Seminars are Wednesdays, 11:00AM–12 NOON
Haus Room, 36-428 (*unless otherwise noted)
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Winter 2021

January 27th: Dr. Amir Ghadimi

Swiss Center for Electronics and Micro/nano technology (CSEM)
Electro-optic and nonlinear photonic integrated circuit (PIC) platform based on lithium niobate on insulator (LNOI)

Abstract: Lithium niobate on insulator (LNOI) is one of the most promising emerging platforms for photonics integrated circuits (PICs) that comprises a unique set of interesting optical properties such as: a high electro-optic (EO) coefficient, high intrinsic 2nd and 3rd order nonlinearities, and a large transparency window (350 nm – 5500nm). Lithium niobate (LiN) has attracted a lot of attention since the 1970s, however, most of its industrial success has been limited to devices made from bulk LiN crystals in the form of free-space or fiber-coupled components using ion-implanted waveguides. Recent advancements in bonding of single crystal thin films of LiN onto silicon substrates (LNOI), opens a new avenue to explore the advantages of LiN in the context of PICs and to benefit from their miniaturization, cost reduction, scalable manufacturing and integration. In the LNIO platform, waveguides are fabricated using reactive ion etching (RIE) in a LiN thin film which allows for significantly higher refractive index contrast () compared to traditional waveguides made by ion implantation technology in bulk crystals (). This allows to reduce the optical mode volume by more than ~100x. Such high confinement not only results in more efficient and faster modulators but also in significantly smaller bending radii and PIC footprints, which, ultimately enables designing complex PICs with tens of components in a millimeters-size chips. In an LNOI platform we can combine high performance active EO components such as modulators, phase shifters and tunable cavities with unique optical nonlinearities at a wide range of wavelengths to achieve truly novel functionalities and PIC designs that are beyond the capabilities of any PIC platform commercially available today. In this talk I will present the recent progress at CSEM toward developing an EO and nonlinear PIC platform based on LNOI. We start by reviewing the advantages of LNOI platform for various application areas such as telecom, optical signal processing, programmable PICs, LiDAR, spectroscopy, quantum information processing, and nonlinear photonic. Then we will review how LNOI platform fits within the industrial PIC ecosystem and how it compares with other PIC platforms such as Si, SiN and InP. We then discuss the challenges in fabricating high quality photonics circuits in LNOI and will review CSEM’s recent results in design, fabrication, and testing of high quality LNOI photonic circuits. Next, we briefly review few successful example and experiments performed by CSEM or in collaboration with other groups in the areas of nonlinear photonics and quantum information processing. Finally, I will present the future perspectives of our LNOI platform including the process design kit (PDK) library and the means that interested parties can access our platform as a pre-commercial foundry service.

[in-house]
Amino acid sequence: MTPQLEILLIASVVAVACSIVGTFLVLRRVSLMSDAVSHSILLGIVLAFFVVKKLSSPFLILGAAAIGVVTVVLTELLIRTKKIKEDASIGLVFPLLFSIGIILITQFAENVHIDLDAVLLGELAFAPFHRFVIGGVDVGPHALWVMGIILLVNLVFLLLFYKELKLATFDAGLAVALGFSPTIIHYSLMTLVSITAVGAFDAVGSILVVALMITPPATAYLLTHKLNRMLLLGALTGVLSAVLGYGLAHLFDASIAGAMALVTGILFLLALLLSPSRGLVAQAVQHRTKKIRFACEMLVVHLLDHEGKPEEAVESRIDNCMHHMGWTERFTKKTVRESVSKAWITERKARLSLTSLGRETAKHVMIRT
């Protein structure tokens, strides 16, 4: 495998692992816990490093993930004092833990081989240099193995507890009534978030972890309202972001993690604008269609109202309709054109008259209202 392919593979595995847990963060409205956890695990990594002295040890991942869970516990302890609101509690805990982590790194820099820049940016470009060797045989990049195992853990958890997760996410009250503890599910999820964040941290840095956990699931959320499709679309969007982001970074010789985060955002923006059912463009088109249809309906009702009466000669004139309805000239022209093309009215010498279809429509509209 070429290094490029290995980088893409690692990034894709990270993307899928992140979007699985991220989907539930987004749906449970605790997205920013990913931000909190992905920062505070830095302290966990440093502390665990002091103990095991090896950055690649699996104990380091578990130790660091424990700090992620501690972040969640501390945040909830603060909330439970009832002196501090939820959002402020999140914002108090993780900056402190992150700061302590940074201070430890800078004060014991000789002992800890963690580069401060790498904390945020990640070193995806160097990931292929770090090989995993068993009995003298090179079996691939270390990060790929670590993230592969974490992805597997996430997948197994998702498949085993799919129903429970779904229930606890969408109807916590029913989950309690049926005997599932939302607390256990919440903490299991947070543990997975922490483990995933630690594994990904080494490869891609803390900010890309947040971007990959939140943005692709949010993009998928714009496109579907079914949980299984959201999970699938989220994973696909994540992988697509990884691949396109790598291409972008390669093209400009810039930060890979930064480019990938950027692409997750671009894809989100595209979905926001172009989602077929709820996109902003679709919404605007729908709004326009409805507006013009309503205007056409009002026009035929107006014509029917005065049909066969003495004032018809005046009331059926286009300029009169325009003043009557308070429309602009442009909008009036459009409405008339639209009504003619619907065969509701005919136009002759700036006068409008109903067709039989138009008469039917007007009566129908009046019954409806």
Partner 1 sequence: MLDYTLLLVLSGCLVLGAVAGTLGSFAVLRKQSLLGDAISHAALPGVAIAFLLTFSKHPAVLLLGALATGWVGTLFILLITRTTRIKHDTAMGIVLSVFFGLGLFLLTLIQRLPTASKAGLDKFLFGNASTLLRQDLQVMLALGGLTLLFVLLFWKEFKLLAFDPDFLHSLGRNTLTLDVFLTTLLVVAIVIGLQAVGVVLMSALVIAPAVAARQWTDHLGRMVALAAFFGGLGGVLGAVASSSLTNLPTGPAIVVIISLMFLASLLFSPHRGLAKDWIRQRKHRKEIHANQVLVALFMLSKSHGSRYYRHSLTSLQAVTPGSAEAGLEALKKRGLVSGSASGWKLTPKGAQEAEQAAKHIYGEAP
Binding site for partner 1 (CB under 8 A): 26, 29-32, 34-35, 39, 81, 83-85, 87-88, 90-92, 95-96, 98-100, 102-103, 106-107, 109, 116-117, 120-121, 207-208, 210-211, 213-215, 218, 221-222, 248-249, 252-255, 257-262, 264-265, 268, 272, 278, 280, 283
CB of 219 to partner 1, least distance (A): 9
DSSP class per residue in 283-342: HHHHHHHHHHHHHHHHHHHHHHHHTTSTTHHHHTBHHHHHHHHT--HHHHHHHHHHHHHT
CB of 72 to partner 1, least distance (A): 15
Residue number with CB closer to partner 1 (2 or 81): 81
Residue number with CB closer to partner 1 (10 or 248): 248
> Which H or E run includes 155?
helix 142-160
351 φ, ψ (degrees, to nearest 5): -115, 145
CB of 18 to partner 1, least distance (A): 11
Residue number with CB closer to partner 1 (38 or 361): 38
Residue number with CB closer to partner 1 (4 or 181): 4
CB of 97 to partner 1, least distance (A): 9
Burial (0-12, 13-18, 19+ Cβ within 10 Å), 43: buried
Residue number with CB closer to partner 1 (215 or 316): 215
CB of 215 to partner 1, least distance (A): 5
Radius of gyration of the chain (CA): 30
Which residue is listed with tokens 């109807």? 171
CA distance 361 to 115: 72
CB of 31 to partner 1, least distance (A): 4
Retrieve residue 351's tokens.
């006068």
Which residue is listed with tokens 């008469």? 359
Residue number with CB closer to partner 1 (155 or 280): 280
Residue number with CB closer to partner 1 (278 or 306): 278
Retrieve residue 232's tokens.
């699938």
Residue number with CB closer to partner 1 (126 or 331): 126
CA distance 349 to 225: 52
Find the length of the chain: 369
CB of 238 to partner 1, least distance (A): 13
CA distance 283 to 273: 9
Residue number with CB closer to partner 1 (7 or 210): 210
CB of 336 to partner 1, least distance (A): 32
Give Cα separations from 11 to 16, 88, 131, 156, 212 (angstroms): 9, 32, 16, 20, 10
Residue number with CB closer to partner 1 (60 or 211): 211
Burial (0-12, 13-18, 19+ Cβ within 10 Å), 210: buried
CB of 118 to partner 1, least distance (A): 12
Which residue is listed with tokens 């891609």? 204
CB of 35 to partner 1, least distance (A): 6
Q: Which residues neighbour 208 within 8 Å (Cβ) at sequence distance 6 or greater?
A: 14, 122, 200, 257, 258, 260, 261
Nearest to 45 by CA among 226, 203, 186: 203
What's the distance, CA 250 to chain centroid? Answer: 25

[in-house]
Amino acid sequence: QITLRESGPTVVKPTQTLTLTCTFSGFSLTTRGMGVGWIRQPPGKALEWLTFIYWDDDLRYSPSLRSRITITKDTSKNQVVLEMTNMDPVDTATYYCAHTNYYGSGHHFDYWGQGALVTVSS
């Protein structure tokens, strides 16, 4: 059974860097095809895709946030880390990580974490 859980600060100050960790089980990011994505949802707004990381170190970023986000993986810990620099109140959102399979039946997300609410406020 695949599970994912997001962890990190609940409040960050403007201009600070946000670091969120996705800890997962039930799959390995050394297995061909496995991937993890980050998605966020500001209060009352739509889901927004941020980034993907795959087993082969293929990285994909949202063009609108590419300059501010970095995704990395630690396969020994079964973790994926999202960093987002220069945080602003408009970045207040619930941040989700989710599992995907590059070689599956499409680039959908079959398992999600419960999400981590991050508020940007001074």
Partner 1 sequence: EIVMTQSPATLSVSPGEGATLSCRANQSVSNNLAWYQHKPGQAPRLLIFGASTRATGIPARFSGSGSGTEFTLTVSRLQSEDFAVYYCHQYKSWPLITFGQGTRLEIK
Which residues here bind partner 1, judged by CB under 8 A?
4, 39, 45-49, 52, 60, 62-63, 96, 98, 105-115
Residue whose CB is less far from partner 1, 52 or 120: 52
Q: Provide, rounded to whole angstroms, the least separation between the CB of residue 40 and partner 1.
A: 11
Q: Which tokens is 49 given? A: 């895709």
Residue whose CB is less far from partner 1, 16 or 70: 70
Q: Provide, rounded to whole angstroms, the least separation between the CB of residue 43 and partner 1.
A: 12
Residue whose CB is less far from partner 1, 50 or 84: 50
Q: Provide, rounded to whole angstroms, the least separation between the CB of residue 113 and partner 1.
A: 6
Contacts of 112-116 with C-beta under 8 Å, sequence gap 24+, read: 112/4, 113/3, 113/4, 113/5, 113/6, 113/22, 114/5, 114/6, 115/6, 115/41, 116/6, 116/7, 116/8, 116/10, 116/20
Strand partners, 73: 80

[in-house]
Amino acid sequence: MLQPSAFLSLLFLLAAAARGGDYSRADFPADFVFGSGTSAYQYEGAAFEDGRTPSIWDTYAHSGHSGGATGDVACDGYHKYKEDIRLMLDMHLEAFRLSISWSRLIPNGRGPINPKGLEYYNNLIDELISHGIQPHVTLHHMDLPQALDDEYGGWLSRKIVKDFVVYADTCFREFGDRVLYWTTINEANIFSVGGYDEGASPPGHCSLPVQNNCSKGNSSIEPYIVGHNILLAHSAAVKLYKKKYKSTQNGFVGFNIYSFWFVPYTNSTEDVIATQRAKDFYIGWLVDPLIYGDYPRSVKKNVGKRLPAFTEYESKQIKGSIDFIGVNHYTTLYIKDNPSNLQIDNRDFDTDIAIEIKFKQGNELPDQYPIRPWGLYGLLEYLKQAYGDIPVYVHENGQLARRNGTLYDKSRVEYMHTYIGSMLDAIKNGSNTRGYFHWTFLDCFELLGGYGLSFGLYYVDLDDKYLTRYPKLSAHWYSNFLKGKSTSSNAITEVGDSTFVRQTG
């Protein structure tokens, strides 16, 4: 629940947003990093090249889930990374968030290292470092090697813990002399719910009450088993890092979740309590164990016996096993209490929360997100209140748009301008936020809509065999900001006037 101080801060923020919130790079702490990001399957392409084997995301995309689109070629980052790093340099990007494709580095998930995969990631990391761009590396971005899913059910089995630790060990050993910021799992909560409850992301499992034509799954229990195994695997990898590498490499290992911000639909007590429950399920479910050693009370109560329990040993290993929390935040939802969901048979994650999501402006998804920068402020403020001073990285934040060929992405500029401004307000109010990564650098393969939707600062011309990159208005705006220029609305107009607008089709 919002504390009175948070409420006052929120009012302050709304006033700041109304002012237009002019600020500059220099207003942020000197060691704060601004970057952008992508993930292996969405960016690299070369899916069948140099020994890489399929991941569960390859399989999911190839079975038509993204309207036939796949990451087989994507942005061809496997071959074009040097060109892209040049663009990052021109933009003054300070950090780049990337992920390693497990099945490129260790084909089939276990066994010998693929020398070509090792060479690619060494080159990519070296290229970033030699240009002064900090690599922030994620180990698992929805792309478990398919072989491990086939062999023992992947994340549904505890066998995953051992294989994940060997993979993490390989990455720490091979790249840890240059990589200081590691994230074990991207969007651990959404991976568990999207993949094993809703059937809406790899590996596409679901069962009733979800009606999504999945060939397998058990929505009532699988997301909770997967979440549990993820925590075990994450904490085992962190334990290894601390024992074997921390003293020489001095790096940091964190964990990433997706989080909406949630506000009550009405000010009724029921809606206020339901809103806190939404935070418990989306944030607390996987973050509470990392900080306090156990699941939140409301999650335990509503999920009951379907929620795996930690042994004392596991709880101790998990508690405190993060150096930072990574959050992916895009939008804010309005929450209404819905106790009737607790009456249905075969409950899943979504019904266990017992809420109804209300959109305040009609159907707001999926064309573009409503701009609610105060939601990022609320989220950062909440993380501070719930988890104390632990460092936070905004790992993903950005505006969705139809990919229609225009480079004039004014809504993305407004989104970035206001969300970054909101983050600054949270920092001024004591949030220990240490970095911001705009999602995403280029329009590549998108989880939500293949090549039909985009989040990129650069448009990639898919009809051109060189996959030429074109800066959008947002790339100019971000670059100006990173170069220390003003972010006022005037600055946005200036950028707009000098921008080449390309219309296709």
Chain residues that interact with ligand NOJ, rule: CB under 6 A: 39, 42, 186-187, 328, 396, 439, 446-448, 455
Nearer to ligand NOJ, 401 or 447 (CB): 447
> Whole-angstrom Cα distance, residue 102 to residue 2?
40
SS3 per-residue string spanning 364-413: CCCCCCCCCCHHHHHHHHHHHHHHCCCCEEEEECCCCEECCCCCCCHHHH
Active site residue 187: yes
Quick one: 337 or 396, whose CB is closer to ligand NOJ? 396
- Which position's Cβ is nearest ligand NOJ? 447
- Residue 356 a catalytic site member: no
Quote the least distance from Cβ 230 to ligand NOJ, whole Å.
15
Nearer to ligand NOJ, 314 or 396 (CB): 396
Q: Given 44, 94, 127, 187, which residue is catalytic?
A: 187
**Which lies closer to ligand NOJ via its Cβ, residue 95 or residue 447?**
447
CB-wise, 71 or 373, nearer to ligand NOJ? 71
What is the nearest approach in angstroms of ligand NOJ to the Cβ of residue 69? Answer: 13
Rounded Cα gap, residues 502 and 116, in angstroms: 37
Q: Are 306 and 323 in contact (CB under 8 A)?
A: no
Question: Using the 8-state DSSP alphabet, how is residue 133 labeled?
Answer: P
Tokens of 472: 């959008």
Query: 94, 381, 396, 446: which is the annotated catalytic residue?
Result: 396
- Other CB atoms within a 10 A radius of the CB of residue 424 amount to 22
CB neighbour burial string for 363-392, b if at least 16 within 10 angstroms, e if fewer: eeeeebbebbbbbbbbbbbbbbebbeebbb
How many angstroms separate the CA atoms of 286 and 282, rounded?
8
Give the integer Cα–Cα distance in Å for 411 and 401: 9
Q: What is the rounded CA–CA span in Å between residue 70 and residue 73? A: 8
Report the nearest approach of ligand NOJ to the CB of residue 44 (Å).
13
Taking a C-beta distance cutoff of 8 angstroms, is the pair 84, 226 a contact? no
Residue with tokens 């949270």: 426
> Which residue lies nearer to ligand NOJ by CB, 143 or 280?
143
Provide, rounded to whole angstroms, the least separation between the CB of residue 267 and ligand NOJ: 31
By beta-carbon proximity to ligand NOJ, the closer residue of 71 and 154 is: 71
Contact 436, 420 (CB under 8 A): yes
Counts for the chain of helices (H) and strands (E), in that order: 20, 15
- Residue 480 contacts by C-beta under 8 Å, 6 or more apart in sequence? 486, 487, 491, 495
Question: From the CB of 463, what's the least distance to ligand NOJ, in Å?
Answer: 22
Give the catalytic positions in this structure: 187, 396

Bio: Dr. Amir H. Ghadimi is currently a senior scientist and a group leader at the Swiss Center for Electronics and Micro/nano technology (CSEM). He is currently leading the efforts at CSEM in the areas of PICs and PIC based sensing where together with his team they are developing two PIC platforms based on SiN and LNOI. He obtained his PhD. in electrical engineering in 2018 from the Swiss Federal Institute of Technology (EPFL). His PhD research focused on quantum optomechanics, precision sensing and applications of high Q optical and mechanical resonators. He is the recipient of Swiss national funding (SNF) Bridge discovery grant (2020), Swiss Physical Society (SPS) 2019 young scientist award, Swiss Nanotechnology best PhD award (2018) and European frequency and time forum (EFTF) best paper award (2018).

Via Zoom (

January 20th POSTPONED: Professor Jens Eisert

Berlin Free University – Institut für Theoretische Physik
Semi-device-independent benchmarking, certification, and tomography

Abstract: At the same time as the development of quantum technologies progresses rapidly, new demands concerning the certification of their operation emerge. A question relevant for the application of various quantum technologies consequently is how the user can ensure the correct functioning of the quantum devices [1]. In a number of instances, specifically in quantum simulation and quantum computing, challenges in appropriately benchmarking components or entire protocols constitute a widely acknowledged bottleneck. This talk will suggest several new takes to the problem at hand: We will see how data from SPAM-robust randomized benchmarking [2] can be used to perform process tomography of quantum gates in an experimentally-friendly and provably sample optimal fashion [3], making use of a machinery of compressed sensing and exploiting structure – that is to say, the components of a quantum circuit. We will see how quantum states can be characterizes provably even with imperfect detectors in what could be called semi-device-dependent tomography [4]. The issue becomes more challenging when one aims at certifying the functioning of an entire device. We will look at limitations to black-box verification for sampling problems that show a quantum advantage or “supremacy” [5], will have a fresh look at Hamiltonian learning [6] and will see that in some instances [7], one can ironically certify the correctness of a device even if one cannot efficiently predict its performance.